0

This happens in many Asian countries.

Say, students study math, chemistry, physics etc at school (primary/secondary or High school). But, a lot of them don't understand these subjects well enough.

And in order to "pass exams to get to higher grades" (I am not sure I am saying it correctly, these students need to pass the final chemistry/physics/etc exam at the end of each year to get to higher grade), they need to "attend some private tutorials / private lessons after official school".

In these private tutorials / private lessons, their tutors may not teach them the theory of these subjects because the students learned them in their official school. The tutors may focus on helping doing exercises of these subjects in stead.

Is it correct to say "Children in Asia often have private tutorials/lessons after official school to help them pass exams to get to higher grades"?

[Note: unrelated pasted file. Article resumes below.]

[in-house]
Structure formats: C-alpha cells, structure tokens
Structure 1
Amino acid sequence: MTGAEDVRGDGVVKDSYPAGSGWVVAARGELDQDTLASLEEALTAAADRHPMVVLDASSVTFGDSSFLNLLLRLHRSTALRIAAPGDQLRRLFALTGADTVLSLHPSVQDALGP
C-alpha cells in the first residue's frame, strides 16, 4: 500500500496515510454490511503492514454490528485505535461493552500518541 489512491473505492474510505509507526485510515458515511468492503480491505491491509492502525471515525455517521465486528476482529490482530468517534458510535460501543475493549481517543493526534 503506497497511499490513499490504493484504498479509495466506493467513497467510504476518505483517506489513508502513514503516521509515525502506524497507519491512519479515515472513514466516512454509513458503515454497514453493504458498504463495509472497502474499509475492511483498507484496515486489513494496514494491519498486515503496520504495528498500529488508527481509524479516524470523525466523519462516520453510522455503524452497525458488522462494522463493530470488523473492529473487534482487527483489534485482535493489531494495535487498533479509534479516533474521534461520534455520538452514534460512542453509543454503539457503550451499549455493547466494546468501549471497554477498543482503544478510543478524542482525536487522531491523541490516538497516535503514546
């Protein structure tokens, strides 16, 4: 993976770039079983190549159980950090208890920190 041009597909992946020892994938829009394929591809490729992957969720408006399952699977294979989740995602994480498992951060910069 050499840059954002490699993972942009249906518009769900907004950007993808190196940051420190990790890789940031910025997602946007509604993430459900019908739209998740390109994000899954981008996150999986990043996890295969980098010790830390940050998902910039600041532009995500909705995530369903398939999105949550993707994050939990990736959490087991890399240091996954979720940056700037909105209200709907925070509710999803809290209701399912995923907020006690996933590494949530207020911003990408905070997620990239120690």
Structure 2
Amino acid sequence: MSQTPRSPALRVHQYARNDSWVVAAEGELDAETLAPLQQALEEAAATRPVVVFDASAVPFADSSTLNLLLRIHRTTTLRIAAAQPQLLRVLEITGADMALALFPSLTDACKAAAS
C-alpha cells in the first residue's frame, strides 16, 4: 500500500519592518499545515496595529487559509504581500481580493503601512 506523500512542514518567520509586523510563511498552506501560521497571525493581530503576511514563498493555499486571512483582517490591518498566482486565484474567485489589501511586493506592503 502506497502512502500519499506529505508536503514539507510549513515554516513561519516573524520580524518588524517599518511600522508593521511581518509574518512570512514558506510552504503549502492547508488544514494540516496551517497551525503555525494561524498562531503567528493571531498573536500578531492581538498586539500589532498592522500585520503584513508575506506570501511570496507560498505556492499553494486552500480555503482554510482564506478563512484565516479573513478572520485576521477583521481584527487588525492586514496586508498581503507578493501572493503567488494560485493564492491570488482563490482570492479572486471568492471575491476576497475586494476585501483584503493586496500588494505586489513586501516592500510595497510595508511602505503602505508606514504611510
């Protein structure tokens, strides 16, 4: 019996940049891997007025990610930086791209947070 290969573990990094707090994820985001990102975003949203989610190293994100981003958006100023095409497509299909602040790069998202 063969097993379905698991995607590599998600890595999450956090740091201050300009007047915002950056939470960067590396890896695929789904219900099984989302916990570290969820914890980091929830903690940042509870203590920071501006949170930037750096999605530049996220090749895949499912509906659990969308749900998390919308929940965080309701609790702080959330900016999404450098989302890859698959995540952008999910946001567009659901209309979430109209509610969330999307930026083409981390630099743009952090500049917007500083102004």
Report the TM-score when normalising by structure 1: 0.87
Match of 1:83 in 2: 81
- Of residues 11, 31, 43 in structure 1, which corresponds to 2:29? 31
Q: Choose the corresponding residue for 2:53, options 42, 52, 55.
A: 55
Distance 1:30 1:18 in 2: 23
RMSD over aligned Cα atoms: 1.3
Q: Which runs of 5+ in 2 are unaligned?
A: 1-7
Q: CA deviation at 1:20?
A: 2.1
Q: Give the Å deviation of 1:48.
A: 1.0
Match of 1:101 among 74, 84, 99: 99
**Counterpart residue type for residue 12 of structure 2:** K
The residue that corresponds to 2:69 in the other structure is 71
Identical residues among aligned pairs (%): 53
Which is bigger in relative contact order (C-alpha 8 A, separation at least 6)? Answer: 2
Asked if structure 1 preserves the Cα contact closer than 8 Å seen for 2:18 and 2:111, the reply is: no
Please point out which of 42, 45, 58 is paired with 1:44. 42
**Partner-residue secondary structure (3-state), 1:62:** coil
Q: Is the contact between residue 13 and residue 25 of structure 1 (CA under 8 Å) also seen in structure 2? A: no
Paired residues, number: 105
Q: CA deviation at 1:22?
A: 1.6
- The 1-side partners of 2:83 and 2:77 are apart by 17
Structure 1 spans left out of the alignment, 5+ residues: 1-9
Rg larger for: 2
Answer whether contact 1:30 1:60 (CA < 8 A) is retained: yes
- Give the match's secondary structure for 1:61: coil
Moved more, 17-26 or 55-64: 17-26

2
  • 1
    If I am not mistaken. "Сhildren" is a subject. "To help them" implies another (missing) subject who help them. So I think "them" needs to be changed to "themselves". Am I right?
    – xyz
    Nov 6 '20 at 4:56
  • 2
    @xyz: No. I have a stick to help me walk: not to help myself walk. Nov 6 '20 at 6:01
1

We might say one of the following:

"Children in Asia often have private tuition outside school-hours to help them attain higher grades in their exams"

"In order to attain higher grades in their exams, children in Asia often have home tutoring after school."

"Parents in Asia often engage home tutors to help their children attain higher grades in their exams."

get would be less formal than attain, but attain is more precise.

In the US "outside of school-hours" is more common than "outside school-hours."

Thank you for explaining your question so clearly.

You must log in to answer this question.

Not the answer you're looking for? Browse other questions tagged .